Surfers Par­adise

Australian Muscle Car - - Sacred Sites Special -

Fol­low­ing

the suc­cess of three ‘drag race’ events at the Lowood cir­cuit in late 1965 and early 1966 it seemed in­evitable that drag rac­ing on a larger scale would not be­too long in com­ing for South Queens­land.

Funded by the boom­ing suc­cess of his Surfers Par­adise Ski Gar­dens, on the Nerang River west of the bustling coastal re­sort strip, pro­moter Keith Wil­liams bought a par­cel of flood­prone land across the road and de­cided to build a mo­tor race track (see AMC #73). While in the con­struc­tion stage, some­one sug­gested that he should check out this new drag rac­ing. He flew to Mel­bourne to see it in ac­tion at River­side, and in­cor­po­rated a drag strip into the main straight of his un­der-con­struc­tion cir­cuit.

The track opened with a sell-out event for the first round of the April 1966 Dragfest tour by Amer­i­can drag­sters. Founded by an en­tre­pre­neur­ial group of lo­cal rac­ers who formed some pow­er­ful and ac­tive clubs, the South Queens­land drag rac­ing scene grew apace.

The drag strip wasn’t ideal. The main pit area was lo­cated half-way along the straight, so that rac­ing had to stop pe­ri­od­i­cally while rac­ers were towed or drove up be­hind the start­line. Since the sur­face was also used for cir­cuit rac­ing the use of trac­tion com­pounds was dis­cour­aged, so grip was never op­ti­mal, the brak­ing area was limited in length and track man­age­ment kept drag rac­ing on a drip feed, see­ing no rea­son to fur­ther in­vest in some­thing that was plainly al­ready a suc­cess.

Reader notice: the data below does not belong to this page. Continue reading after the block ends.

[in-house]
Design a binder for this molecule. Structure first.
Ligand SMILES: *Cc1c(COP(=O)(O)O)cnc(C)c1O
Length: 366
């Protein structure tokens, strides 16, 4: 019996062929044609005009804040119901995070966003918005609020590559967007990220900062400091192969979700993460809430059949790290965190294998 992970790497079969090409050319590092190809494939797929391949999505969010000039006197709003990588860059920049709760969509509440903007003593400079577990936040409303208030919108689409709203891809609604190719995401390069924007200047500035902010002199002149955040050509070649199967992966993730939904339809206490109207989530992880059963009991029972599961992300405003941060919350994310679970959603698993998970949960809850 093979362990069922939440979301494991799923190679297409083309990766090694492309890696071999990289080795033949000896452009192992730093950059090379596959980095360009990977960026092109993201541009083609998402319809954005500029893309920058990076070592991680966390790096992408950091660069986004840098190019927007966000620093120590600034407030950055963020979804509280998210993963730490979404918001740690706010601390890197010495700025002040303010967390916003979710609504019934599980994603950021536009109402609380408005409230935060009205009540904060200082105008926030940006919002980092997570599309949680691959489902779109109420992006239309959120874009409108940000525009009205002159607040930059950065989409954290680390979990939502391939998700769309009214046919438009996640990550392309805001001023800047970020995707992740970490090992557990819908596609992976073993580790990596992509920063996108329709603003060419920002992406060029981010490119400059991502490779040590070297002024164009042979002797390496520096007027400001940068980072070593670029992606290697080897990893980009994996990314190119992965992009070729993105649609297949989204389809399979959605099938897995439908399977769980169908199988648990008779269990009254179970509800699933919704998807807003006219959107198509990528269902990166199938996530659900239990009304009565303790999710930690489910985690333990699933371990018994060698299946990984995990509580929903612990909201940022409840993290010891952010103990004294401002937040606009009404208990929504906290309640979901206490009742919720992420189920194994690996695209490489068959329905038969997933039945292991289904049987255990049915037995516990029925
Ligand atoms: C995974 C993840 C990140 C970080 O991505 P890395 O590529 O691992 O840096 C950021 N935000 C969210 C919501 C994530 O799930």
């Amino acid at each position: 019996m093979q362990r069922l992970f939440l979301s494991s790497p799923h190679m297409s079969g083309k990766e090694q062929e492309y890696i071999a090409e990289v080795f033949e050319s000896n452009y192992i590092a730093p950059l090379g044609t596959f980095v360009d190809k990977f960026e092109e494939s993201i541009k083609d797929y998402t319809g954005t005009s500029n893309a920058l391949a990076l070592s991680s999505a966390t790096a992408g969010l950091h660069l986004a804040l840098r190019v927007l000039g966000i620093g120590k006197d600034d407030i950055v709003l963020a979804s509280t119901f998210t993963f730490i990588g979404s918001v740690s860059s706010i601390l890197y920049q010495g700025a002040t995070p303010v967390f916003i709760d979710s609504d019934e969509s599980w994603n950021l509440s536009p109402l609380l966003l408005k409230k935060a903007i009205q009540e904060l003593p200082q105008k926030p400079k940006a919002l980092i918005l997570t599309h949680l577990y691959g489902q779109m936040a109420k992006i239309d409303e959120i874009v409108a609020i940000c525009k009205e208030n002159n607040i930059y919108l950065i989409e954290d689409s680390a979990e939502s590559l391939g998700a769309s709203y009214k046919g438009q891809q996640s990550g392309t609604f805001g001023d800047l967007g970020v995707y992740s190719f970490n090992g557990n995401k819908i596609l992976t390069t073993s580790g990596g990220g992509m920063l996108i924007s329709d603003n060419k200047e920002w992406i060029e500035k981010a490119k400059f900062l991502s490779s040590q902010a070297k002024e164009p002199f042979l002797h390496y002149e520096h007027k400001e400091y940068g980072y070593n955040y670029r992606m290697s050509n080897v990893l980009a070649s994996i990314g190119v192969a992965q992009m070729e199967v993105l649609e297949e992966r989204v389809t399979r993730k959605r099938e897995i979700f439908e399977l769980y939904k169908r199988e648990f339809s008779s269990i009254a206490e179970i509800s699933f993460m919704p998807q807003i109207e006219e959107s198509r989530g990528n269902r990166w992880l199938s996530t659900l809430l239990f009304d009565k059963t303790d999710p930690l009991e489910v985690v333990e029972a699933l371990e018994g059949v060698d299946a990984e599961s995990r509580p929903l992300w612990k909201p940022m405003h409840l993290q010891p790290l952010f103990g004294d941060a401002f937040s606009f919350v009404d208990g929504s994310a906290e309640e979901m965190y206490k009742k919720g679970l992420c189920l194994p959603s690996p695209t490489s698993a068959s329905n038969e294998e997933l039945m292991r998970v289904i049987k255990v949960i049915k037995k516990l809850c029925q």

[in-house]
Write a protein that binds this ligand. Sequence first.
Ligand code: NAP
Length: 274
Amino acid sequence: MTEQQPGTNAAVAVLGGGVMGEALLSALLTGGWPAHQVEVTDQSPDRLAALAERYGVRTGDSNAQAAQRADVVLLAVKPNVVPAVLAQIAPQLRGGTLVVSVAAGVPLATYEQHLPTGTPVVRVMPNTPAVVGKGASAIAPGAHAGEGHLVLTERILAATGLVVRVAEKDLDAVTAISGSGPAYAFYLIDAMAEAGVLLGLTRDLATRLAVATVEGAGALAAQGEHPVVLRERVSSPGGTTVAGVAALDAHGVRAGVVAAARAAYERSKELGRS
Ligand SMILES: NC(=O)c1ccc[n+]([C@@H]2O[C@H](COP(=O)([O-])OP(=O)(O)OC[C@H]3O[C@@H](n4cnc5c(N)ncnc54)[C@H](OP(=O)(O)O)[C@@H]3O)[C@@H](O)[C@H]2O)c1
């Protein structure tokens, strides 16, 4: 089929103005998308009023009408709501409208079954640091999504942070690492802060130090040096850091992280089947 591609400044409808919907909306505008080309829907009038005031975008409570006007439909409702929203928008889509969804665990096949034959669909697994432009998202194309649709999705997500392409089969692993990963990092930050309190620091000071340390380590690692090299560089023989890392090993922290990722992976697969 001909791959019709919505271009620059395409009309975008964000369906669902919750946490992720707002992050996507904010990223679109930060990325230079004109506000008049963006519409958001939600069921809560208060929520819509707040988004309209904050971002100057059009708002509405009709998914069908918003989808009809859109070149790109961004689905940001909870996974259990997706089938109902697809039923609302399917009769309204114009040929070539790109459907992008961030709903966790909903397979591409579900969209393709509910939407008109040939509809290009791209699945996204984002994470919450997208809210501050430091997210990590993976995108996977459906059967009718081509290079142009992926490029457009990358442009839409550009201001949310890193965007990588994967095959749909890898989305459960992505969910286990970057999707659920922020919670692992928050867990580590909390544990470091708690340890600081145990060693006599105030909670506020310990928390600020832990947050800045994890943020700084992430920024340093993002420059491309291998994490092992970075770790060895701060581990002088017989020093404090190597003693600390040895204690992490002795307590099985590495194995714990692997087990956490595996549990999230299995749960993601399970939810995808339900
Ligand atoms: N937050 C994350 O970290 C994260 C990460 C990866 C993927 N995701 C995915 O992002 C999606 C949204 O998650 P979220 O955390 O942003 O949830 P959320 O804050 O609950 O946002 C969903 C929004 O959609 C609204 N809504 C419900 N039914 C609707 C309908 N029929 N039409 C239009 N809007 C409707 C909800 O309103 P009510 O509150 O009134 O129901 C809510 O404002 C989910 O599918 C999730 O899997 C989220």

And what a suc­cess it was. At the be­gin­ning of each year the track ran a three-event se­ries spon­sored by Am­pol, whose in­volve­ment was lubri­cated by the hos­pi­tal­ity of Keith Wil­liams’ large boat. Th­ese three events, usu­ally in­volv­ing two to three im­ported rac­ing stars, paid all the bills for the track for the year, so that ev­ery dollar which came in from any ac­tiv­ity there on­wards was pure profit.

Ma­jor events which evolved at Surfers Par­adise, and helped pave the way for suc­cess in­cluded the Win­ter­na­tion­als, Speed Week and the Tin Top Ti­tles. And the easy ac­cess to the glit­ter of the coastal strip seemed to en­sure there was a ready pool of spec­ta­tors look­ing for en­ter­tain­ment and to en­cour­age rac­ers to at­tend.

The track’s big­gest weak­ness, how­ever, was Wil­liams’ other de­vel­op­ments, which needed cash. Wil­liams even­tu­ally sold the track to fund the bot­tom­less de­mand of his Hamil­ton Is­land devel­op­ment, and af­ter it passed through sev­eral hands was fi­nally closed in Septem­ber 1987 by its then Ja­panese own­ers. The com­ing end, though, had been clearly vis­i­ble and the rac­ing com­mu­nity had built an al­ter­na­tive track, at Wil­low­bank west of Ip­swich, opened in 1985.

To­day the Surfers Par­adise track site has a flooded lake with wa­ter­front hous­ing devel­op­ment.

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